The N-terminal helix controls the transition between the soluble and amyloid states of an FF domain.

PloS one

PubMedID: 23505482

Castillo V, Chiti F, Ventura S. The N-terminal helix controls the transition between the soluble and amyloid states of an FF domain. PLoS ONE. 2013;8(3):e58297.
BACKGROUND
Protein aggregation is linked to the onset of an increasing number of human nonneuropathic (either localized or systemic) and neurodegenerative disorders. In particular, misfolding of native a-helical structures and their self-assembly into nonnative intermolecular ß-sheets has been proposed to trigger amyloid fibril formation in Alzheimer's and Parkinson's diseases.

METHODS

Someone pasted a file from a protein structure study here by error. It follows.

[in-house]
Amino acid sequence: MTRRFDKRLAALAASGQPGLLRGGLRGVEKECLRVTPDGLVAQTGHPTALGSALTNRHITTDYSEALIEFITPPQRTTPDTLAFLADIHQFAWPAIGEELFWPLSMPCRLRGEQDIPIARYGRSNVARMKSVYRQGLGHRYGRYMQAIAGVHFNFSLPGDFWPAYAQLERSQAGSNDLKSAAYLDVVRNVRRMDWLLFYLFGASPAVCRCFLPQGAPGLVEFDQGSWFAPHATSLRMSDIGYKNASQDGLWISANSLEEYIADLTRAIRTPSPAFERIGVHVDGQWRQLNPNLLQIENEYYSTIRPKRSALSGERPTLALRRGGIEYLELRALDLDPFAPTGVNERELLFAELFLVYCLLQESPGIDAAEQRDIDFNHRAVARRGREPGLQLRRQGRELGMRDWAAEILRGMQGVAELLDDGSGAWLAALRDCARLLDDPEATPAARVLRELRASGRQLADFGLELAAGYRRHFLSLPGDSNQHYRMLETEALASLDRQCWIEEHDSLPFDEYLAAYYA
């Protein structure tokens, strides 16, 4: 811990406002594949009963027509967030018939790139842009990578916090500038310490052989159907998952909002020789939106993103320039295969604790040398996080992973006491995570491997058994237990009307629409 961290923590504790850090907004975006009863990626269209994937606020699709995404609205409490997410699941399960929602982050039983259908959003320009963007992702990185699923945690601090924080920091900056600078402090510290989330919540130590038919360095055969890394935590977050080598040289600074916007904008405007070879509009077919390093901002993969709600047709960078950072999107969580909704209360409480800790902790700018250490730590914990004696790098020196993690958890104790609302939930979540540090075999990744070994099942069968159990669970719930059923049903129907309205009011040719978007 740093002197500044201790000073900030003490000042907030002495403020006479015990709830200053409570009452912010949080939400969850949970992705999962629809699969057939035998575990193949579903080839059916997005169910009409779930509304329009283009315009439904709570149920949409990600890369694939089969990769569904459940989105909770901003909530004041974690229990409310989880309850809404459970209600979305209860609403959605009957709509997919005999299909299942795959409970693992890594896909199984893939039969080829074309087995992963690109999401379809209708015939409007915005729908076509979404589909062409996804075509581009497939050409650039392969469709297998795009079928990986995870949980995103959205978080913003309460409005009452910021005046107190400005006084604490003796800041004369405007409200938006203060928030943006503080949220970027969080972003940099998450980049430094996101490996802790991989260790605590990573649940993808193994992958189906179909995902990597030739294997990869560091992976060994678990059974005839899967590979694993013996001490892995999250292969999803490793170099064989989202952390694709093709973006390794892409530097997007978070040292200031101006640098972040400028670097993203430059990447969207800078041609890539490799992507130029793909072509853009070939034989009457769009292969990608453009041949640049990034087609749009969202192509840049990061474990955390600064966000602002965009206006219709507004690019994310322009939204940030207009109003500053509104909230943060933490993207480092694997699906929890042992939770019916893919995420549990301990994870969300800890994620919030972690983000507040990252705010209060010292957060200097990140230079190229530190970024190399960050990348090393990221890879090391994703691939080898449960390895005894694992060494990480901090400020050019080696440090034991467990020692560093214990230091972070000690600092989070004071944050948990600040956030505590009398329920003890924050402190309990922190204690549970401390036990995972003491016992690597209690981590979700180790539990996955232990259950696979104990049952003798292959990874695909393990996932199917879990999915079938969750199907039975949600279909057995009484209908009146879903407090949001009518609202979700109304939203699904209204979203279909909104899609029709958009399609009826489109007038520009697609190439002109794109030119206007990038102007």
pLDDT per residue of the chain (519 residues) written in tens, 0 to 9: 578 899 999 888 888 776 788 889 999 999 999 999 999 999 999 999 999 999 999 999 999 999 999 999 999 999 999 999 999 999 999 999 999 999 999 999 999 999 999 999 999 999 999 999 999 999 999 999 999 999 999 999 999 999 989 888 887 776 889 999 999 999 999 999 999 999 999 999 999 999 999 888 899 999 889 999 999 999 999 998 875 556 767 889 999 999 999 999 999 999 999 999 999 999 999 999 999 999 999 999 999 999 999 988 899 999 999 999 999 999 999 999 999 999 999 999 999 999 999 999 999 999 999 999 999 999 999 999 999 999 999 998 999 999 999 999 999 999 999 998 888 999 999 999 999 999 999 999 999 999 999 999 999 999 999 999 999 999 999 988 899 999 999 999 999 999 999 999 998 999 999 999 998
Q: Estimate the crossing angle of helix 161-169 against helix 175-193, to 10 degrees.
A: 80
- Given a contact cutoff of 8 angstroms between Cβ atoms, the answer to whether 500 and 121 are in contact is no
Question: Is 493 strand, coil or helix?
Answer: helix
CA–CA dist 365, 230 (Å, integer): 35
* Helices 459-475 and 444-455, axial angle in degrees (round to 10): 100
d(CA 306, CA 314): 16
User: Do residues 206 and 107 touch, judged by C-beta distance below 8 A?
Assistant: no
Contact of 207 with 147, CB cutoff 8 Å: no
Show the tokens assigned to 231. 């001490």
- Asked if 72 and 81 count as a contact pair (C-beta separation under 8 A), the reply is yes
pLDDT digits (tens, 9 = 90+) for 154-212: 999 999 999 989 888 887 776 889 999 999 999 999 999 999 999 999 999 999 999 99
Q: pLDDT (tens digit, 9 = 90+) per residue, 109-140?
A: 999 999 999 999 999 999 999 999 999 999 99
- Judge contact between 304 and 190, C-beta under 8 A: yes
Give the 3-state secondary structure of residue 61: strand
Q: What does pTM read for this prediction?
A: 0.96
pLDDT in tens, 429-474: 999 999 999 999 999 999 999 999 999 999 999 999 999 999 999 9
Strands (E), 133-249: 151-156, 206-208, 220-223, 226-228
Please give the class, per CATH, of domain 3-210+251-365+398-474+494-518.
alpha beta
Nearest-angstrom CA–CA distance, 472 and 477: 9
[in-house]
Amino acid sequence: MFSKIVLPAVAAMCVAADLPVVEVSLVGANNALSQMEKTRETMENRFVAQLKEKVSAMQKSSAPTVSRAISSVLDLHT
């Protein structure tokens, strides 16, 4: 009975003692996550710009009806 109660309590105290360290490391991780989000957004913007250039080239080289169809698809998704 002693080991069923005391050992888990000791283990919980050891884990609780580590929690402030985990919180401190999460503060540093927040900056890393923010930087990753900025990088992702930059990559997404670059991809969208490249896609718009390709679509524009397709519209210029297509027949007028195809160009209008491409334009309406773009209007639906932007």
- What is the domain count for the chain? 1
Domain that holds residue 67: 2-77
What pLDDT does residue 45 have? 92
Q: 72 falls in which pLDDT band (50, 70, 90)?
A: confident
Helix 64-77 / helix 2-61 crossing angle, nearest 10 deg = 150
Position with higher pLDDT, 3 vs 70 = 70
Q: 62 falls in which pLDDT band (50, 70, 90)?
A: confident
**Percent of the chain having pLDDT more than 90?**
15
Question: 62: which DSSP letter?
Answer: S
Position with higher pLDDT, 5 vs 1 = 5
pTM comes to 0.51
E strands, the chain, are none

Here, we use a battery of biophysical techniques to elucidate the conformational conversion of native a-helices into amyloid fibrils using an all-a FF domain as a model system.

RESULTS
We show that under mild denaturing conditions at low pH this FF domain self-assembles into amyloid fibrils. Theoretical and experimental dissection of the secondary structure elements in this domain indicates that the helix 1 at the N-terminus has both the highest a-helical and amyloid propensities, controlling the transition between soluble and aggregated states of the protein.

CONCLUSIONS
The data illustrates the overlap between the propensity to form native a-helices and amyloid structures in protein segments.

SIGNIFICANCE
The results presented contribute to explain why proteins cannot avoid the presence of aggregation-prone regions and indeed use stable a-helices as a strategy to neutralize such potentially deleterious stretches.